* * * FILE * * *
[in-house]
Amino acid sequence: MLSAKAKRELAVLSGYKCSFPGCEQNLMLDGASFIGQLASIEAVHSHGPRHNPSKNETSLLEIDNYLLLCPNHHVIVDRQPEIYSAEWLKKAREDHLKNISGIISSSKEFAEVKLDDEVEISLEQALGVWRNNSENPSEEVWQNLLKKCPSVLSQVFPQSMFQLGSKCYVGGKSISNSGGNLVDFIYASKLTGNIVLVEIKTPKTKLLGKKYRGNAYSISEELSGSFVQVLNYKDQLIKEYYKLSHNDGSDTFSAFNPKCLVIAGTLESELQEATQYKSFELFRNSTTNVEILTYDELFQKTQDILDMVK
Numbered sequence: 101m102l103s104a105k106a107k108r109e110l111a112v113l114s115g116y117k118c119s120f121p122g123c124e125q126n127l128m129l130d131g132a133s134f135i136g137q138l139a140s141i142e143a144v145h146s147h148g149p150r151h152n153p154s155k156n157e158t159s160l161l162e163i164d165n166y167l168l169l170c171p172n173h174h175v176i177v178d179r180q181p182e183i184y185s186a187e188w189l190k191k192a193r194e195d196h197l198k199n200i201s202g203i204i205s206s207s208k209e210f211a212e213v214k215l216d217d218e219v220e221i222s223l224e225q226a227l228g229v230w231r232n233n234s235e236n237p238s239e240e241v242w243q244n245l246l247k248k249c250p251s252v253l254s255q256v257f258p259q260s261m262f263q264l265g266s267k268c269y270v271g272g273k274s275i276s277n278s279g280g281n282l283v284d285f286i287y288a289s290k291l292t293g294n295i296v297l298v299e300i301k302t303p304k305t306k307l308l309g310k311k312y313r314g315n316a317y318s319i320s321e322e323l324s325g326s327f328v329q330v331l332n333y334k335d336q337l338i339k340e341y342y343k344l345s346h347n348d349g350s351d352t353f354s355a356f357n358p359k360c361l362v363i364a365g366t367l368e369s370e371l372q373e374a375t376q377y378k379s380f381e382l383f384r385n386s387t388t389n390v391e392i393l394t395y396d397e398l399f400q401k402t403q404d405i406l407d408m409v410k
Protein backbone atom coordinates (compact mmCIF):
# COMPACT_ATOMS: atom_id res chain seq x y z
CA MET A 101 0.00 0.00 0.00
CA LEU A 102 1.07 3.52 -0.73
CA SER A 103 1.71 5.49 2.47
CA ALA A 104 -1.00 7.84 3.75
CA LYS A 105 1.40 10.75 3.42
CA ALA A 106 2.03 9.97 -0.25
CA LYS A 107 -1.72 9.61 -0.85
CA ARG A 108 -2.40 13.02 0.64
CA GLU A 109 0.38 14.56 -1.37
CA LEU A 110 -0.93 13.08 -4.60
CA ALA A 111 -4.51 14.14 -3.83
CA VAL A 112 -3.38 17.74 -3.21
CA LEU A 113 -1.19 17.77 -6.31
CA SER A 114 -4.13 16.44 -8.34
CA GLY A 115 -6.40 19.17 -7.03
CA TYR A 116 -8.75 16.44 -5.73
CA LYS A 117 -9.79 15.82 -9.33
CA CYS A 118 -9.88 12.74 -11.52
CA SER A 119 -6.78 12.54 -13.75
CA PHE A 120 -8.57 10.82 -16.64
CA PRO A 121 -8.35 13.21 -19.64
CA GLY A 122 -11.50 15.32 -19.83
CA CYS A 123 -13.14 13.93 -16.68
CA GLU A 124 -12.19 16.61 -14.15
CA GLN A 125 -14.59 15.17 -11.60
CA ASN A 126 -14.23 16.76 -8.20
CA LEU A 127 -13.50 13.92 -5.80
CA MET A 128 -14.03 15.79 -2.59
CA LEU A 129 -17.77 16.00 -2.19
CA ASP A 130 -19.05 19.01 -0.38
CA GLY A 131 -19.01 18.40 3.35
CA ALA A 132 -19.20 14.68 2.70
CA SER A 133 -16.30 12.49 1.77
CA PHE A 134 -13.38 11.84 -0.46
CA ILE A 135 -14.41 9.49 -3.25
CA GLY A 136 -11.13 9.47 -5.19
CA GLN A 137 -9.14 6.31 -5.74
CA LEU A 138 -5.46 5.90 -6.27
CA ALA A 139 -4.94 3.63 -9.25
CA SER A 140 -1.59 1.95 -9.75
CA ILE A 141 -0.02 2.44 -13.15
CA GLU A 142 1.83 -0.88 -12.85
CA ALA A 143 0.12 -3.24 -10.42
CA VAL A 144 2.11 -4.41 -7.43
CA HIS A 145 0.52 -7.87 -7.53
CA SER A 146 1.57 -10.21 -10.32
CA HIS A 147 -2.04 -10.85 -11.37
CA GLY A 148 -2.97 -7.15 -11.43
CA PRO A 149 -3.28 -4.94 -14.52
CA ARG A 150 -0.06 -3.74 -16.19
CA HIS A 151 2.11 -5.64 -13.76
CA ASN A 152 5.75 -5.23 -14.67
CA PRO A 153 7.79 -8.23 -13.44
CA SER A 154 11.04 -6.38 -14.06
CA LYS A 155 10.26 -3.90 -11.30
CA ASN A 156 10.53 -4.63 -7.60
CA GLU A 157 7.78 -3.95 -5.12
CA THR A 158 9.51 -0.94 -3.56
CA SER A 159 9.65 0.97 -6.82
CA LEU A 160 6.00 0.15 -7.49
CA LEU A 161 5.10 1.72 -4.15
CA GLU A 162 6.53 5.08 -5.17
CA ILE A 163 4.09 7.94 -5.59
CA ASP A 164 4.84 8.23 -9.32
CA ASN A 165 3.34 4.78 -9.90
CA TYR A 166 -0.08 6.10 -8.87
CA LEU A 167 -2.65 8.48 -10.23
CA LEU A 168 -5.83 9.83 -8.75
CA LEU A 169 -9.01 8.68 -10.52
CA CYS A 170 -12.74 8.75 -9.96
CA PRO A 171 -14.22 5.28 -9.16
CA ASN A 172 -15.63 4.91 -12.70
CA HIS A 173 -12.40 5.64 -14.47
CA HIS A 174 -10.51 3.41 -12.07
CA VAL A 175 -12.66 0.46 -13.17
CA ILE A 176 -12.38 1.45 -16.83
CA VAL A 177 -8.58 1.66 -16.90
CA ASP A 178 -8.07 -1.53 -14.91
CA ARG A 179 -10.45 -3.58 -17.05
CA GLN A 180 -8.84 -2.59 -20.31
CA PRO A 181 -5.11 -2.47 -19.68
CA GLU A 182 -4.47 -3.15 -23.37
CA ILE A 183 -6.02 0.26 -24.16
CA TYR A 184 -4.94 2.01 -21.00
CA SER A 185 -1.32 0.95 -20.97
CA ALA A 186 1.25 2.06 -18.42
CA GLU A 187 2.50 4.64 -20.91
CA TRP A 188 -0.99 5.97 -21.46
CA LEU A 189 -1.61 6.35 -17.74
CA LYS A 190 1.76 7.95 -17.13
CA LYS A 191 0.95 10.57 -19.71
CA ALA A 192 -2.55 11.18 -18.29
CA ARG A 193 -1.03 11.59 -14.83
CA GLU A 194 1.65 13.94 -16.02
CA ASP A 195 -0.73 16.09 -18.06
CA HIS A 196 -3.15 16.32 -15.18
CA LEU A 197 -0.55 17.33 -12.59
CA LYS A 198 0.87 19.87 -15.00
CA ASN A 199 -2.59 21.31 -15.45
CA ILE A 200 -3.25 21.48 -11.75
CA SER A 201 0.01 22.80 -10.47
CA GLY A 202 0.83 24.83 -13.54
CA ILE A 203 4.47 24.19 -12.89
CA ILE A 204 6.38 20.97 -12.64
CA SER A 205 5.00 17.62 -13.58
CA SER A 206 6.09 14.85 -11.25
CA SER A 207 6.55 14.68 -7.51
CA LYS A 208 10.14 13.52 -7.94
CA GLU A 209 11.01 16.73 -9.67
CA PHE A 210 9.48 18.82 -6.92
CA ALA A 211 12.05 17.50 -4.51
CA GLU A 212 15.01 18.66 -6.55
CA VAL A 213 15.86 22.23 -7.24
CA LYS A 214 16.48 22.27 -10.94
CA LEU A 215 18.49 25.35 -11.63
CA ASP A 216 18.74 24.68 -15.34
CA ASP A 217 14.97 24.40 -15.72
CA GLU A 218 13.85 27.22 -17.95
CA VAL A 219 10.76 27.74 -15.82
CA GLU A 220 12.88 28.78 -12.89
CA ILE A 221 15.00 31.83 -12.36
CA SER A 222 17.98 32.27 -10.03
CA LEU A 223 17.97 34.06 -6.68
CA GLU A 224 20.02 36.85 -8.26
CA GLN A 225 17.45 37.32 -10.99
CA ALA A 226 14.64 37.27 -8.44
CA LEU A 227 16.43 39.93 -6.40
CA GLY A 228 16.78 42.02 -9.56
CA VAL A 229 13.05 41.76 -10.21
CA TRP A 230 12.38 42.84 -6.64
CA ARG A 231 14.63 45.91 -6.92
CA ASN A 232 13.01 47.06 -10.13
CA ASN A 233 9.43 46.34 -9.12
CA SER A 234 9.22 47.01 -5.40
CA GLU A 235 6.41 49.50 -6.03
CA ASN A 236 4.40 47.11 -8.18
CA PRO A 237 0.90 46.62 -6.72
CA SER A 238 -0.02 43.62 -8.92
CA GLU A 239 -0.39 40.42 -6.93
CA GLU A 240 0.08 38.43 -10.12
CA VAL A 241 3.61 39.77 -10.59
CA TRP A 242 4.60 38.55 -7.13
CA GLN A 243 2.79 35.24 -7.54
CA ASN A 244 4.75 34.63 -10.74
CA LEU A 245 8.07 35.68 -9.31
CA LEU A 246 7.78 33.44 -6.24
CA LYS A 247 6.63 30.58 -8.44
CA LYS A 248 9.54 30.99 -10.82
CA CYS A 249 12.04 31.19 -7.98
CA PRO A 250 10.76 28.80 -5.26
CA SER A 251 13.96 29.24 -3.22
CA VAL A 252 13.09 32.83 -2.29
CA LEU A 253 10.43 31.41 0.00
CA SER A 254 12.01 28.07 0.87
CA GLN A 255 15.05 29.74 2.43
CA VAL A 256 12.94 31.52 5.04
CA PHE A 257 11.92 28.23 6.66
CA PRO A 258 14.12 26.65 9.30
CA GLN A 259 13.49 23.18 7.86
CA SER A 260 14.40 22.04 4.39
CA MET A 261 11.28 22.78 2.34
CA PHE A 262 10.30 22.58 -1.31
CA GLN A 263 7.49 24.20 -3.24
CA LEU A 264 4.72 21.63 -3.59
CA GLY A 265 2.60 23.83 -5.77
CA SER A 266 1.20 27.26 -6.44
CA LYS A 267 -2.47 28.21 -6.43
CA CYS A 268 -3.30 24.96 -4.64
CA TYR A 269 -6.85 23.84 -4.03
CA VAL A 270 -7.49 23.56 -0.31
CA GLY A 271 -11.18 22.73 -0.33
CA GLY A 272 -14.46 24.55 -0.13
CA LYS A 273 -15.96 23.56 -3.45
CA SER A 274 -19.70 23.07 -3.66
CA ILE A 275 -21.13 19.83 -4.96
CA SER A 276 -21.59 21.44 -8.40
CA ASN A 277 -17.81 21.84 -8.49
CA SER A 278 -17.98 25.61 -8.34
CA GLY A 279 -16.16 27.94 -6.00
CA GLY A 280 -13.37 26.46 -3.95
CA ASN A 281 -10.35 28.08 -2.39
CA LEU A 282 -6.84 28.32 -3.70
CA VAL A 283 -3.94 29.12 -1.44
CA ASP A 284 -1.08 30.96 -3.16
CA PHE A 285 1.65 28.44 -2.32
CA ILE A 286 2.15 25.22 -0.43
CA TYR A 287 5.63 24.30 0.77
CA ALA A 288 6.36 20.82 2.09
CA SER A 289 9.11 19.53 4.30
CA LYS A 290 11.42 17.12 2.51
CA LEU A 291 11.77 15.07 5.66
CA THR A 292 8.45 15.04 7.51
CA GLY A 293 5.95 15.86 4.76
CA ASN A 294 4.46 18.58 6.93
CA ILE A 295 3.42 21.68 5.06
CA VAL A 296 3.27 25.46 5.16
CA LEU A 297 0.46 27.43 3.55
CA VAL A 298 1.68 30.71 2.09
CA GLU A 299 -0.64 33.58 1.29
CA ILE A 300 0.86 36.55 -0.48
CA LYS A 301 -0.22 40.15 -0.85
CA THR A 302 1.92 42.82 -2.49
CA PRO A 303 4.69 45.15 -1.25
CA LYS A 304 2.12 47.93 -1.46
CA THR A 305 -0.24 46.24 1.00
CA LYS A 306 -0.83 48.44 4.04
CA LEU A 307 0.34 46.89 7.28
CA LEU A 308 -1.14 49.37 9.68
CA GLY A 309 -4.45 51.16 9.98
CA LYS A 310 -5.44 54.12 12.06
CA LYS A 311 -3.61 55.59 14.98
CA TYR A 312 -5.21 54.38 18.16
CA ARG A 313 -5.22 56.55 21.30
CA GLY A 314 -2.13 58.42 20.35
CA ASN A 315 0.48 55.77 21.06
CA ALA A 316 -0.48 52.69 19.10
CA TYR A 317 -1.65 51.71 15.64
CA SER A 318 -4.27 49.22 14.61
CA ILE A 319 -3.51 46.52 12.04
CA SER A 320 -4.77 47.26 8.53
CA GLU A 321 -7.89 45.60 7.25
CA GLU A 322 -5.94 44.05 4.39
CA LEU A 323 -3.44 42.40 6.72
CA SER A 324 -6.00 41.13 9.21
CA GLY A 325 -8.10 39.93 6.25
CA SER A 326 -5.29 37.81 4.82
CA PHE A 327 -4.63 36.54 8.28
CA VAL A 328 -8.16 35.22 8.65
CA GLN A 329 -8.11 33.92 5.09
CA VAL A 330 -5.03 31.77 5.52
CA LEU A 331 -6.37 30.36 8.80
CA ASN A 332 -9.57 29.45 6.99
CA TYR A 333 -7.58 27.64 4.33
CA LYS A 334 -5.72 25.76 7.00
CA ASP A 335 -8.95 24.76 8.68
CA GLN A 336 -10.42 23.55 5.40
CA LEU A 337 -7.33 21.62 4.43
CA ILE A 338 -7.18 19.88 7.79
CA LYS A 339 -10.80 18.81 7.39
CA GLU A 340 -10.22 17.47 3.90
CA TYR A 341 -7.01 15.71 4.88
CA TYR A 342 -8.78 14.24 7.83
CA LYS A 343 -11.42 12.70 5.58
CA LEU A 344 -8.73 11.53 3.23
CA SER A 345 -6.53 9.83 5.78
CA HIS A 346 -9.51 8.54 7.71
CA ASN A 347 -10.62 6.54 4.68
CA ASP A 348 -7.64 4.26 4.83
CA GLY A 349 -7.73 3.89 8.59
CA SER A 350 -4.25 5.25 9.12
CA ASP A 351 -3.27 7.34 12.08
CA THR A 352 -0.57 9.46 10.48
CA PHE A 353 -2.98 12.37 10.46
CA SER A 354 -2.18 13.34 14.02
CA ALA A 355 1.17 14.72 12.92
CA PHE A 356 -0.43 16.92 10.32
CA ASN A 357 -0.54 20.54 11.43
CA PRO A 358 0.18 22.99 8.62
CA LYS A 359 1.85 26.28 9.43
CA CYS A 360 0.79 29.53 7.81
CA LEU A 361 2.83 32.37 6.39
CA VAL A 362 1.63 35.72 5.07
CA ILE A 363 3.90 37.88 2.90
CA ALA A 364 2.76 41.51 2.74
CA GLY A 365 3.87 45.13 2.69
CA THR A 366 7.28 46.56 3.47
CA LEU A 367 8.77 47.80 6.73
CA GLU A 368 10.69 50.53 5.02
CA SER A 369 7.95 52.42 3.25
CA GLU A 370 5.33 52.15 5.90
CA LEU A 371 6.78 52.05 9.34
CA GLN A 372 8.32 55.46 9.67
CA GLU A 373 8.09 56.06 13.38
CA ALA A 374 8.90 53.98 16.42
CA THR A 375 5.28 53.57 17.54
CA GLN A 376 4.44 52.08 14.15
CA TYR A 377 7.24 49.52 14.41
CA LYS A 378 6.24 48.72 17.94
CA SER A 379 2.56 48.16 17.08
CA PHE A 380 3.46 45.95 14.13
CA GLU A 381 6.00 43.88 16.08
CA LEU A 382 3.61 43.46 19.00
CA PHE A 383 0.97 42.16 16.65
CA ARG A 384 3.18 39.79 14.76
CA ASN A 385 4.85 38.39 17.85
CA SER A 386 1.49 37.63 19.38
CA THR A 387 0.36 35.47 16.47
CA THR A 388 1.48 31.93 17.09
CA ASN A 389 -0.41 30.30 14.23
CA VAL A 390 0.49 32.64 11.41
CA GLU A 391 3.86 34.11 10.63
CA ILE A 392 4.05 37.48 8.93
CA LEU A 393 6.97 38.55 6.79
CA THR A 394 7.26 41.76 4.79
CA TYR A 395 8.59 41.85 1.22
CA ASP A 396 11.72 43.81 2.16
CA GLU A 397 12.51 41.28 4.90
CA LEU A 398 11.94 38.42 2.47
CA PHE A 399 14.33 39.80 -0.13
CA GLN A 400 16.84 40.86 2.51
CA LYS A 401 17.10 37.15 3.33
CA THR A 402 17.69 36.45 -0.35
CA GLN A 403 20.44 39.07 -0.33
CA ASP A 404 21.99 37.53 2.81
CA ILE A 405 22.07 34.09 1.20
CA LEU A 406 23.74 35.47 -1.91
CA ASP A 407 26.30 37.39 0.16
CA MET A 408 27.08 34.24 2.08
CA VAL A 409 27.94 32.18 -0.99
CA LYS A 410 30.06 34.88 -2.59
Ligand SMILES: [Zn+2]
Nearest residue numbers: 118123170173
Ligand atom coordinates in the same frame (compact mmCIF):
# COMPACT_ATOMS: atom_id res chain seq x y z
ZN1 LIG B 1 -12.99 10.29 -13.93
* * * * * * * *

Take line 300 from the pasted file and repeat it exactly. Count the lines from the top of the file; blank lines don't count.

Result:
CA TYR A 395 8.59 41.85 1.22